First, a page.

Stuart Taylor's column from last left me even more puzzled about the Bush administration.
That flaw was the almost exclusive focus on what could be done to captives as a matter of law—as interpreted by aggressive advocates of virtually unlimited presidential war powers—rather than on what should be done as a matter of morality and policy, taking account of careful cost-benefit analysis and past experience.
The result was that while approving in 2002 and 2003 the use of "extreme physical pressure on captives" during interrogations, the CIA and the White House not only disregarded the lessons of history but also engaged in "little substantive policy analysis or interagency consideration."
The puzzle, to me, is two-headed.
1. They did this at the behest of CIA.
Though former CIA officials dispute this, the CIA had little experience in questioning captives before 9/11, and the White House brushed aside the reservations of many officials at the FBI and in the military, which had far more experience.[and]
A study to which the White House should pay close attention is well under way. A panel of experts commissioned by the advisory Intelligence Science Board suggested in "Educing Information," a 325-page initial public report completed in December, that the harsh methods Bush authorized after 9/11 are unreliable and that CIA interrogators are ill-trained in subtler techniques. Meanwhile, the military's successful use of such subtle techniques to crack the late Abu Musab al-Zarqawi's inner circle in Iraq is chronicled in riveting detail by Mark Bowden in the May issue of The Atlantic.Question: Why were they so solicitous of CIA and so dismissive of the FBI and armed forces?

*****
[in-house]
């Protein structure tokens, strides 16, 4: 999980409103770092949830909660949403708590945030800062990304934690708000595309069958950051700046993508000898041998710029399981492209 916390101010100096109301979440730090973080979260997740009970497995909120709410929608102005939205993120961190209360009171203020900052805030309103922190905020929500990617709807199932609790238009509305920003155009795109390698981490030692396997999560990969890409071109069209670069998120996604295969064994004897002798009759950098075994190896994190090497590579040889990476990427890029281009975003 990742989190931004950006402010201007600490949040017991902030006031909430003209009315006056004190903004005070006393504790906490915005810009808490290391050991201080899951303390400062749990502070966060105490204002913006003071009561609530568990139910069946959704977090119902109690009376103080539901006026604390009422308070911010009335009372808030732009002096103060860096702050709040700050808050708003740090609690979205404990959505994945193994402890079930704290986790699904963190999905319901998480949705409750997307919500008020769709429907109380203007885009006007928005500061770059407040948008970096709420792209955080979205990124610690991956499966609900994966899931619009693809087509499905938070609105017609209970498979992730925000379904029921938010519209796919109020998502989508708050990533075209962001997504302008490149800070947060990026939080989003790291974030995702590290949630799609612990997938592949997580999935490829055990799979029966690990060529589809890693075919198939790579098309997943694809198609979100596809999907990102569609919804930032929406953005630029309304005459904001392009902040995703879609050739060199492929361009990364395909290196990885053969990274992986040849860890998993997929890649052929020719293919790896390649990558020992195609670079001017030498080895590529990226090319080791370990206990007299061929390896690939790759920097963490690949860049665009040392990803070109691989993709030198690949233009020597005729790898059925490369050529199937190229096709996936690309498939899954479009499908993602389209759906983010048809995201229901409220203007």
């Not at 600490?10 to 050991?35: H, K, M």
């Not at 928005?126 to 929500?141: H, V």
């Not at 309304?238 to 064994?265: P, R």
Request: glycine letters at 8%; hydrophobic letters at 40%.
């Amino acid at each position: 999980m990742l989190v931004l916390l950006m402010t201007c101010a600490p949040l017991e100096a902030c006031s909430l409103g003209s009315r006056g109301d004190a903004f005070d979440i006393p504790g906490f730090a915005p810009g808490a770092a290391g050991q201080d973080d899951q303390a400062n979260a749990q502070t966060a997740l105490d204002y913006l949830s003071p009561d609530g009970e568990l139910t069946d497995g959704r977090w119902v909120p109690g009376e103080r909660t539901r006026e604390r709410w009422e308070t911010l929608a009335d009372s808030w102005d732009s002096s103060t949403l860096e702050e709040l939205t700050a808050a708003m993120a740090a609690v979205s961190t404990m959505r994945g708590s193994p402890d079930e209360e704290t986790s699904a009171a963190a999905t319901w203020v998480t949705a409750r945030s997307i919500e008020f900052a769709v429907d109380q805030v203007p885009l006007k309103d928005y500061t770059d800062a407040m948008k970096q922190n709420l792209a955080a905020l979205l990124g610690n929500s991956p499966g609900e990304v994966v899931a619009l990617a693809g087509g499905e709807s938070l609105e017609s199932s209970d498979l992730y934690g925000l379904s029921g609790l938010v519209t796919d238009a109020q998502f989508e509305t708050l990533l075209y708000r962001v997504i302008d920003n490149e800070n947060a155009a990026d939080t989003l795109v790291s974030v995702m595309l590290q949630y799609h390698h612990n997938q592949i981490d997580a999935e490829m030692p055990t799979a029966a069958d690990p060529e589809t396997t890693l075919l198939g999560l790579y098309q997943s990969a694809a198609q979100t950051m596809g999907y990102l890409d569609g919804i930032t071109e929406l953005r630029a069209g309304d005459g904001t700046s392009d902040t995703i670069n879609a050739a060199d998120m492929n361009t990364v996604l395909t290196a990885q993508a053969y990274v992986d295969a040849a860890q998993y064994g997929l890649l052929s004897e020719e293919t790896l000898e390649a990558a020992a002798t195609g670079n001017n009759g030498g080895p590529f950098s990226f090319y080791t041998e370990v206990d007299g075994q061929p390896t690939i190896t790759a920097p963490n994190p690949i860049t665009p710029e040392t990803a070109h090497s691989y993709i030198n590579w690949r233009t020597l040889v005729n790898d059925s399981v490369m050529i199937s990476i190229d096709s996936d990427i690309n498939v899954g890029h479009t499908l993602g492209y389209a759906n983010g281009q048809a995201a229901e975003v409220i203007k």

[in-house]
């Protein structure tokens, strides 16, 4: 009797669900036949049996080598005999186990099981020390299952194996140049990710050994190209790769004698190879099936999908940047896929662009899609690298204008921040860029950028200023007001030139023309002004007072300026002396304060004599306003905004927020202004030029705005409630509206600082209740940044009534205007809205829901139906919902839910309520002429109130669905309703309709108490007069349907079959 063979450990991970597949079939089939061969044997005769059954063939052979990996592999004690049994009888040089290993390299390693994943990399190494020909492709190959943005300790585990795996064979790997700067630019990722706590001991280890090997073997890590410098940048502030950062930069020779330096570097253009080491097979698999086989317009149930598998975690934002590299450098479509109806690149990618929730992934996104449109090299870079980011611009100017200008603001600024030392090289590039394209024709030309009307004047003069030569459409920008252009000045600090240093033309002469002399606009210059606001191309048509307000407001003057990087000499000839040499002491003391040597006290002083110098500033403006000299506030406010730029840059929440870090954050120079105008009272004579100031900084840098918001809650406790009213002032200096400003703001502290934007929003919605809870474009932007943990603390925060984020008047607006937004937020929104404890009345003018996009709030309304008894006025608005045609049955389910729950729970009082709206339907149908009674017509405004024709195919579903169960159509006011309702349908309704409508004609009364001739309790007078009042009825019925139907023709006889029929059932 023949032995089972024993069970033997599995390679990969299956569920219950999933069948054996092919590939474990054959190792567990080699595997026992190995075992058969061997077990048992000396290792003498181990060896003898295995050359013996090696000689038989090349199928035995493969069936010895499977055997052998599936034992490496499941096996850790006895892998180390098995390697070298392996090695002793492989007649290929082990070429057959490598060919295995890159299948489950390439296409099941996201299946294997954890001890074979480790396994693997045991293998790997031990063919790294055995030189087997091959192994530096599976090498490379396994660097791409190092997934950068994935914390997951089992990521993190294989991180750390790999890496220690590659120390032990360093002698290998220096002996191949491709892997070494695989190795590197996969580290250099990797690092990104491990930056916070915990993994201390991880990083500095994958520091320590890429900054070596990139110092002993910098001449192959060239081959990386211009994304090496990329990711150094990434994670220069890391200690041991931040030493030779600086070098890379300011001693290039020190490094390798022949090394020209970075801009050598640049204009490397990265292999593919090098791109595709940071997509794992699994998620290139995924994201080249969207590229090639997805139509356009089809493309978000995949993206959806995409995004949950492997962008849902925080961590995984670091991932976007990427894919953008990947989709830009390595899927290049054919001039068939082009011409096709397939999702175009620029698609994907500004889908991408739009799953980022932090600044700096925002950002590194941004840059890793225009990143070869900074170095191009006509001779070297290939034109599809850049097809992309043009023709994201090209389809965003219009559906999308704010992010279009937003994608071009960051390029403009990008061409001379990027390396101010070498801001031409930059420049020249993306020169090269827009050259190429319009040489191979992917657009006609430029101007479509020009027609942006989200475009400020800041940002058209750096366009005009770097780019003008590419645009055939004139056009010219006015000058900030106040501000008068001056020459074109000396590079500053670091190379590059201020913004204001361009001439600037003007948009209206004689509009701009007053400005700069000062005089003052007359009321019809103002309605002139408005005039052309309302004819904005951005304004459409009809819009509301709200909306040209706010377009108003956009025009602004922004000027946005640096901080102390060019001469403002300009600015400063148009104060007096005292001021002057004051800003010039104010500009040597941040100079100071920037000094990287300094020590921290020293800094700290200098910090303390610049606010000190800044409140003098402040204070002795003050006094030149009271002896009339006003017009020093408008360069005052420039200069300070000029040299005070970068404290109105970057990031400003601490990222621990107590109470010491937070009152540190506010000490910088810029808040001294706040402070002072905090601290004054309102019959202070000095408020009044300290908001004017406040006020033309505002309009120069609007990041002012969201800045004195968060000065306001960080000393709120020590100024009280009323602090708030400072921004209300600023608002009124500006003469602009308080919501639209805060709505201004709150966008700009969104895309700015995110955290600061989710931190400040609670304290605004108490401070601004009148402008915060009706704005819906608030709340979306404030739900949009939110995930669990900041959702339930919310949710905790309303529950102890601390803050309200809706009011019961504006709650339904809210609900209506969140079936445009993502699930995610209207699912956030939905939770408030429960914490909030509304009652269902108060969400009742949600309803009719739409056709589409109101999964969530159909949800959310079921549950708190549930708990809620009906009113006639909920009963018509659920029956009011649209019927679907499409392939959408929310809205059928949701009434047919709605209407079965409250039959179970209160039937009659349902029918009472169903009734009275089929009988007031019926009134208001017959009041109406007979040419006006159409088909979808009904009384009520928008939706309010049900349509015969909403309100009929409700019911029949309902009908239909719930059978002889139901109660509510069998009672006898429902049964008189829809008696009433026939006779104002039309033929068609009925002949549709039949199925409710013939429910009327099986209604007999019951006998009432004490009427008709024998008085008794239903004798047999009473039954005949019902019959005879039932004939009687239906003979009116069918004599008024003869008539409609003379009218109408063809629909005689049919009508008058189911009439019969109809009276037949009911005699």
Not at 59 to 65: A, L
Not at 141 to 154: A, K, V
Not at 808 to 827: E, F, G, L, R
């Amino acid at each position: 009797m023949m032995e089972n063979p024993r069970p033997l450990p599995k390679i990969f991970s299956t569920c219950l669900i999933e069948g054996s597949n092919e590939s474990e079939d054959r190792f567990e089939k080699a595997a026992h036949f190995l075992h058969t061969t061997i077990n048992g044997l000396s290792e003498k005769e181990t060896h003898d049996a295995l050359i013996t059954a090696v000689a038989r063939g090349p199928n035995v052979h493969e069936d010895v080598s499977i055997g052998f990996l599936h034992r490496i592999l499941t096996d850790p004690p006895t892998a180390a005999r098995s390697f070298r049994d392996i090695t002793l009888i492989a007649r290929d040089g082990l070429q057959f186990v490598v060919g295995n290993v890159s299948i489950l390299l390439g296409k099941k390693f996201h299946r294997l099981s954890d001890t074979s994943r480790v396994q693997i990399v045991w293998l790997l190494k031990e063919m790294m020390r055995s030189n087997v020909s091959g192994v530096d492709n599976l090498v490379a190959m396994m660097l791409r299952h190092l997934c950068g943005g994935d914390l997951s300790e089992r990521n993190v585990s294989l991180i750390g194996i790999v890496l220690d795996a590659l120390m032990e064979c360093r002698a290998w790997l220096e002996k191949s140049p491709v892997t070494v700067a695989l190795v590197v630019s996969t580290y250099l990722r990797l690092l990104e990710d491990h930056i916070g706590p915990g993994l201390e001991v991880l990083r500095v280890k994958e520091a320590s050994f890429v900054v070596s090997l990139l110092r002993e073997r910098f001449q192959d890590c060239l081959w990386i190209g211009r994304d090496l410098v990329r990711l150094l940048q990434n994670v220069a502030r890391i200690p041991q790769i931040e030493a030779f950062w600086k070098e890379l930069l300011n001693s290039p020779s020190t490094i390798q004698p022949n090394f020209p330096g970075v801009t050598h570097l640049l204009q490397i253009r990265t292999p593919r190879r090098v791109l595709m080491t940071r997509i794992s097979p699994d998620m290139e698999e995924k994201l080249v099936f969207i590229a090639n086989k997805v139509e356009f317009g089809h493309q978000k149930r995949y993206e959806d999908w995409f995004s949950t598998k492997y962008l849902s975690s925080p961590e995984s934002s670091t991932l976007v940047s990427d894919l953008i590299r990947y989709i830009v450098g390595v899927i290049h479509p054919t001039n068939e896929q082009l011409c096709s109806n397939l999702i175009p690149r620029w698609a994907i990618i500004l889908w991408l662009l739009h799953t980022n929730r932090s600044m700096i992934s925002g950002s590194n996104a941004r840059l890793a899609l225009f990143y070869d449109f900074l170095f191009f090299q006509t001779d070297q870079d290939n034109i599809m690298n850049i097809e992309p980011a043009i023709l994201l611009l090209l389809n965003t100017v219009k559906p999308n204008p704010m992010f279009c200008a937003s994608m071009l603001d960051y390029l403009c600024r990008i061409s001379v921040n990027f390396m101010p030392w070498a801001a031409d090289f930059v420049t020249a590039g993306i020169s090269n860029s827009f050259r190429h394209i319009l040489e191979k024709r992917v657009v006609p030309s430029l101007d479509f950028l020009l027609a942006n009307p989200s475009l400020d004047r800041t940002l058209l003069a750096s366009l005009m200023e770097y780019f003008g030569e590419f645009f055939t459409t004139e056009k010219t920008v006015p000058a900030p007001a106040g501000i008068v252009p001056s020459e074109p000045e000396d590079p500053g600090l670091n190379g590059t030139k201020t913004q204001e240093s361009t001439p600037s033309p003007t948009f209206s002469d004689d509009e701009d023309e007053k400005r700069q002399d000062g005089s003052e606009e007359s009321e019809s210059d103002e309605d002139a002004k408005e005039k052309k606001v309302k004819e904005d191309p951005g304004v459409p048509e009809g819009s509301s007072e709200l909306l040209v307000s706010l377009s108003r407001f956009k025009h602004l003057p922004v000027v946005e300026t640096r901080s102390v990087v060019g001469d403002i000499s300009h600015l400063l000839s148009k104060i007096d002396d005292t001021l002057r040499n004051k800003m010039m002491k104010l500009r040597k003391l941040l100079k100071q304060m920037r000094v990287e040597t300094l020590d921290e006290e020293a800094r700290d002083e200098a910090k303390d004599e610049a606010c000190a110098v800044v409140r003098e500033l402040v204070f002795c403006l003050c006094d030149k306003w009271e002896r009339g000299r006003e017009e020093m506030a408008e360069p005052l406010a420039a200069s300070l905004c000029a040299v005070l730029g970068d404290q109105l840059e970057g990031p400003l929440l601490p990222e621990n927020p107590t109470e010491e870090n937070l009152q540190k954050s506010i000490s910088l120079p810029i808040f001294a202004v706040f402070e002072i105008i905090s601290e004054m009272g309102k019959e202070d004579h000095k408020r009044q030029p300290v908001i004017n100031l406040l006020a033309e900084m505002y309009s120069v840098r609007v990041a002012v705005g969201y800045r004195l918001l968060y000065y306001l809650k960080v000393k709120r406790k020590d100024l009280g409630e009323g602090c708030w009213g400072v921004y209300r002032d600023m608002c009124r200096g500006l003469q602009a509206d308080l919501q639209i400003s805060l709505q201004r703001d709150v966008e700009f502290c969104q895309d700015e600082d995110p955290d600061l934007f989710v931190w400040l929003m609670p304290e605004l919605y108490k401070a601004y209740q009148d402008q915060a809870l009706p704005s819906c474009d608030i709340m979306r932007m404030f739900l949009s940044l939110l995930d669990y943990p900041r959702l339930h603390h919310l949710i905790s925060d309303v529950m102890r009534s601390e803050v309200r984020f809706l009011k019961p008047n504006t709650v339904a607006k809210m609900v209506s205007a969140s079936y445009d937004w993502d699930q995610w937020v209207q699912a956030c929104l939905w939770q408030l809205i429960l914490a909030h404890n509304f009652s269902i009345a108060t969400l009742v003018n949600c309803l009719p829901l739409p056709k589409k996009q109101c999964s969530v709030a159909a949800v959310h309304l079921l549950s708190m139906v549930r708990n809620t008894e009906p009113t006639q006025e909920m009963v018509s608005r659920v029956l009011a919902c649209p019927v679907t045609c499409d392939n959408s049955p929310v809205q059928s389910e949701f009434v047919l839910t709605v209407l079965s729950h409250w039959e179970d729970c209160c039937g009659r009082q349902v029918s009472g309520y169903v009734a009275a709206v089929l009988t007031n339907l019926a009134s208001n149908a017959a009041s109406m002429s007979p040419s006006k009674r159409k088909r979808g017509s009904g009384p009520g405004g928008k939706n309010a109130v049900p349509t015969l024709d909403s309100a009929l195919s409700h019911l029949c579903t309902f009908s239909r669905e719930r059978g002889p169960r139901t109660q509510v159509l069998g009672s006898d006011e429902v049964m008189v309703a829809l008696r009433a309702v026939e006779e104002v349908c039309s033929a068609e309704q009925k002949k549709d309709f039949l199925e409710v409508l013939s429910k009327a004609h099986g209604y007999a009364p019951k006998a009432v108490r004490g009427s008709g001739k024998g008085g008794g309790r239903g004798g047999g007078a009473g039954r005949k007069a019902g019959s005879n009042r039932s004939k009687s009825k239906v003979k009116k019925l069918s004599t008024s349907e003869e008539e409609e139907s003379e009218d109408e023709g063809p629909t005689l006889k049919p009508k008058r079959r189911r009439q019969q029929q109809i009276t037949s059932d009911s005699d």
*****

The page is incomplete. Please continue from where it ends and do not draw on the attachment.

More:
2. They continue to take the political hit on the torture question while CIA skates. In repayment, CIA leaks like a sieve to embarrass the administration. Nevertheless, the White House shows no appetite to rein in an agency that is playing this double-game.
Like i said, it is a puzzlement